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The Government is reportedly considering increasing the state pension age earlier than planned. While a hike to 67 in six years’ time, and to 68 by 2046 has already been mooted, The Sun reports a rise to 68 could instead come as soon as 2035.
This could prove costly for millions of Britons who will need to work for longer before becoming entitled to the state pension.
However, individuals will also lose out on a potentially substantial sum as a result.
Bringing forward the state pension increase to 68 by 2034, instead of 2046, would mean someone who is currently 57 would lose out on £13,594, according to new calculations by interactive investor.
This would rise to £16,902 for workers aged 46, the organisation added.
The calculations have factored in the new full state pension of £203.85 per week, which is set to kick in by April 2023.
This is as a result of the return of the triple lock, which will deliver a 10.1 percent increase to the state pension, in line with the September 2022 inflation figure.
It also assumes an inflation-linked uprating of 5.2 percent, forecasted by the Bank of England, and two percent inflation a year thereafter.
The organisation warned someone with a £100,000 pension pot who retires at 67 will see their money running out two years earlier, when they reach 79 years old rather than 81 years old.
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This is because the person would need to withdraw an extra £10,600 from their pension pot to tide them over until reaching state pension age at 68.
Myron Jobson, senior personal finance analyst at interactive investor, said: “Pushing back the state pension age would come as a kick in the teeth to workers who diligently paid into the welfare system under the assumption that the state pension age won’t move much – if at all.
“Our calculations show that bringing forward the state pension age from 68 by 2046 to 68 by 2034 could mean a year lost full state pension payment of £13,594 for workers aged 57 rising to £16,902 for workers aged 46.
“This is by no means a small sum and could force savers to tweak their retirement plans to maintain course for a comfortable retirement.”
Mr Jobson suggested a state pension age hike could save the Government billions in state pension payments and there could be extra income tax too as people work longer.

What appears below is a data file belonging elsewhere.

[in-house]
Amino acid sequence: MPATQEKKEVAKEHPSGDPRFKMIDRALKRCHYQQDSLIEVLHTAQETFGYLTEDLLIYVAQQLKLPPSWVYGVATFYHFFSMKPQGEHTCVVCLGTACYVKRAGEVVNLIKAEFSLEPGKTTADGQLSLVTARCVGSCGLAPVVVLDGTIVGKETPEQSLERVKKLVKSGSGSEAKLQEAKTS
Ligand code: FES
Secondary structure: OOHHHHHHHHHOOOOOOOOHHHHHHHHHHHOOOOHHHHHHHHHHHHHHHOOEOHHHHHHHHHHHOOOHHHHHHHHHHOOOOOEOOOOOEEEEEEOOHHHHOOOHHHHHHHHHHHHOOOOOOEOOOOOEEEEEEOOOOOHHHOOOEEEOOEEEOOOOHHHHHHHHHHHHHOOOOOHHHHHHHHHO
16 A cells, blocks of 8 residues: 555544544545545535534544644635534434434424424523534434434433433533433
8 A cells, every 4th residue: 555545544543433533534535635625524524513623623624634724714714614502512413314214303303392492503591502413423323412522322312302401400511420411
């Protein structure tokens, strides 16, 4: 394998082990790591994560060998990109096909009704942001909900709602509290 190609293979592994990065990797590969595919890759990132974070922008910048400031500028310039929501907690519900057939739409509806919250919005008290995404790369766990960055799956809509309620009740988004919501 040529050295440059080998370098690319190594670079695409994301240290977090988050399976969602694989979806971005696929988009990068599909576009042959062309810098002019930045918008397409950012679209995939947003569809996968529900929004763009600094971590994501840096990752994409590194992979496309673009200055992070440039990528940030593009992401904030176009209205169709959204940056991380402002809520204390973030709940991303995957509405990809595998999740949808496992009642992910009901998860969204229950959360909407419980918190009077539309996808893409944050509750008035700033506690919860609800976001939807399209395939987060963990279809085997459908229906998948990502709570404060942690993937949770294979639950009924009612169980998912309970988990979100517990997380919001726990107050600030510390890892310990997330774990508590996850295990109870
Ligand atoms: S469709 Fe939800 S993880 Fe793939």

He explained: “More money will end up in the taxman’s coffers in taxes on extra earnings.”
However, such a move is not likely to be popular amongst Britons who will need to work longer.
The expert continued: “Workers would be forgiven in thinking that their state pension entitlement has been kicked around like political football.
“We need a public confidence boost in state and private pensions, rather than erosion.
“A lot of people rely on the state pension as their core source of income at retirement.
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“The stark reality is pushing back the state pension age will make having an affordable retirement harder for many savers.”
Mr Jobson therefore stressed it is vital for Britons to start thinking about planning for retirement themselves.
This is likely to be best achieved through private or workplace pension savings which can offer financial stability for millions.
While the expert acknowledged it is difficult to plan for retirement “when the state pension regime is up in the air”, he encouraged action to be taken as soon as possible.
A DWP spokesperson recently told Express.co.uk: “No decision has been taken on changes to the state pension age.
“The Government is required by law to regularly review the state pension age and the second state pension age review is currently considering, based on a wide range of evidence including latest life expectancy data and two independent reports, whether the rules around state pension age remain appropriate. The review will be published in early 2023.”
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